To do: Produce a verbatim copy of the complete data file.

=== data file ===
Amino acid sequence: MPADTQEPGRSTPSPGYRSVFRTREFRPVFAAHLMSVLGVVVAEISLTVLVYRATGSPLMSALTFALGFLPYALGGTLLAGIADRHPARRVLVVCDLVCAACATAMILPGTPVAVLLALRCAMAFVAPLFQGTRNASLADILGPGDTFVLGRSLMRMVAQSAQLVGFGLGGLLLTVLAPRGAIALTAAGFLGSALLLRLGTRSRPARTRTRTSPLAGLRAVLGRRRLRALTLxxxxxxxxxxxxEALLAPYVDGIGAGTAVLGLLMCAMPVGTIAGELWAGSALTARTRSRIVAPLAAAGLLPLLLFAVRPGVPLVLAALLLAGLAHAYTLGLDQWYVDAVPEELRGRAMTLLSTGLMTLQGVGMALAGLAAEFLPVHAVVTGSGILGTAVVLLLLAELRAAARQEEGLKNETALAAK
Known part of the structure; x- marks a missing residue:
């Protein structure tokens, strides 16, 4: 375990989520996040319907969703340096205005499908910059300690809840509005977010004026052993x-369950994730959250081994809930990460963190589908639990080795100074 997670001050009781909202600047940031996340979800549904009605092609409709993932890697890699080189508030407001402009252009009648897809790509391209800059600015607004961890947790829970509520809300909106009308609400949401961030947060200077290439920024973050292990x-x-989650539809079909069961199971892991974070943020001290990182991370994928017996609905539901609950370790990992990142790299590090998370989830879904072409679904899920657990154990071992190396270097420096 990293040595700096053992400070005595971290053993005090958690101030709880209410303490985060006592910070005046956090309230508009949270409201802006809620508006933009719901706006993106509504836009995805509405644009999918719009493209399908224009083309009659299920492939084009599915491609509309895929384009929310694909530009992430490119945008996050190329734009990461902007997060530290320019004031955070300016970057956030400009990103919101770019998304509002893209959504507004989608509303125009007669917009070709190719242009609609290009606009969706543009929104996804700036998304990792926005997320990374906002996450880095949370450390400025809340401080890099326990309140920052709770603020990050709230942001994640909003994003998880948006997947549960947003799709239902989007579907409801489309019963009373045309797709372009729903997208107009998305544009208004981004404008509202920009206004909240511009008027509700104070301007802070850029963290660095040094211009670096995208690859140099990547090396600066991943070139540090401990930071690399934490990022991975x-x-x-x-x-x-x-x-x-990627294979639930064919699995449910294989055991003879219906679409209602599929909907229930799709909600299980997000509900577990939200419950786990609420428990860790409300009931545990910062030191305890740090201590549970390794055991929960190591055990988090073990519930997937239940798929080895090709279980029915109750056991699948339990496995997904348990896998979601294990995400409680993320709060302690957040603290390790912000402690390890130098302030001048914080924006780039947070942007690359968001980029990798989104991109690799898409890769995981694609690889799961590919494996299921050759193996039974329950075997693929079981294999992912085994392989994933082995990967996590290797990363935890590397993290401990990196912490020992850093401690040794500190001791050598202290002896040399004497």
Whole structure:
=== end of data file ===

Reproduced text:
Amino acid sequence: MPADTQEPGRSTPSPGYRSVFRTREFRPVFAAHLMSVLGVVVAEISLTVLVYRATGSPLMSALTFALGFLPYALGGTLLAGIADRHPARRVLVVCDLVCAACATAMILPGTPVAVLLALRCAMAFVAPLFQGTRNASLADILGPGDTFVLGRSLMRMVAQSAQLVGFGLGGLLLTVLAPRGAIALTAAGFLGSALLLRLGTRSRPARTRTRTSPLAGLRAVLGRRRLRALTLxxxxxxxxxxxxEALLAPYVDGIGAGTAVLGLLMCAMPVGTIAGELWAGSALTARTRSRIVAPLAAAGLLPLLLFAVRPGVPLVLAALLLAGLAHAYTLGLDQWYVDAVPEELRGRAMTLLSTGLMTLQGVGMALAGLAAEFLPVHAVVTGSGILGTAVVLLLLAELRAAARQEEGLKNETALAAK
Known part of the structure; x- marks a missing residue:
């Protein structure tokens, strides 16, 4: 375990989520996040319907969703340096205005499908910059300690809840509005977010004026052993x-369950994730959250081994809930990460963190589908639990080795100074 997670001050009781909202600047940031996340979800549904009605092609409709993932890697890699080189508030407001402009252009009648897809790509391209800059600015607004961890947790829970509520809300909106009308609400949401961030947060200077290439920024973050292990x-x-989650539809079909069961199971892991974070943020001290990182991370994928017996609905539901609950370790990992990142790299590090998370989830879904072409679904899920657990154990071992190396270097420096 990293040595700096053992400070005595971290053993005090958690101030709880209410303490985060006592910070005046956090309230508009949270409201802006809620508006933009719901706006993106509504836009995805509405644009999918719009493209399908224009083309009659299920492939084009599915491609509309895929384009929310694909530009992430490119945008996050190329734009990461902007997060530290320019004031955070300016970057956030400009990103919101770019998304509002893209959504507004989608509303125009007669917009070709190719242009609609290009606009969706543009929104996804700036998304990792926005997320990374906002996450880095949370450390400025809340401080890099326990309140920052709770603020990050709230942001994640909003994003998880948006997947549960947003799709239902989007579907409801489309019963009373045309797709372009729903997208107009998305544009208004981004404008509202920009206004909240511009008027509700104070301007802070850029963290660095040094211009670096995208690859140099990547090396600066991943070139540090401990930071690399934490990022991975x-x-x-x-x-x-x-x-x-990627294979639930064919699995449910294989055991003879219906679409209602599929909907229930799709909600299980997000509900577990939200419950786990609420428990860790409300009931545990910062030191305890740090201590549970390794055991929960190591055990988090073990519930997937239940798929080895090709279980029915109750056991699948339990496995997904348990896998979601294990995400409680993320709060302690957040603290390790912000402690390890130098302030001048914080924006780039947070942007690359968001980029990798989104991109690799898409890769995981694609690889799961590919494996299921050759193996039974329950075997693929079981294999992912085994392989994933082995990967996590290797990363935890590397993290401990990196912490020992850093401690040794500190001791050598202290002896040399004497």
Whole structure: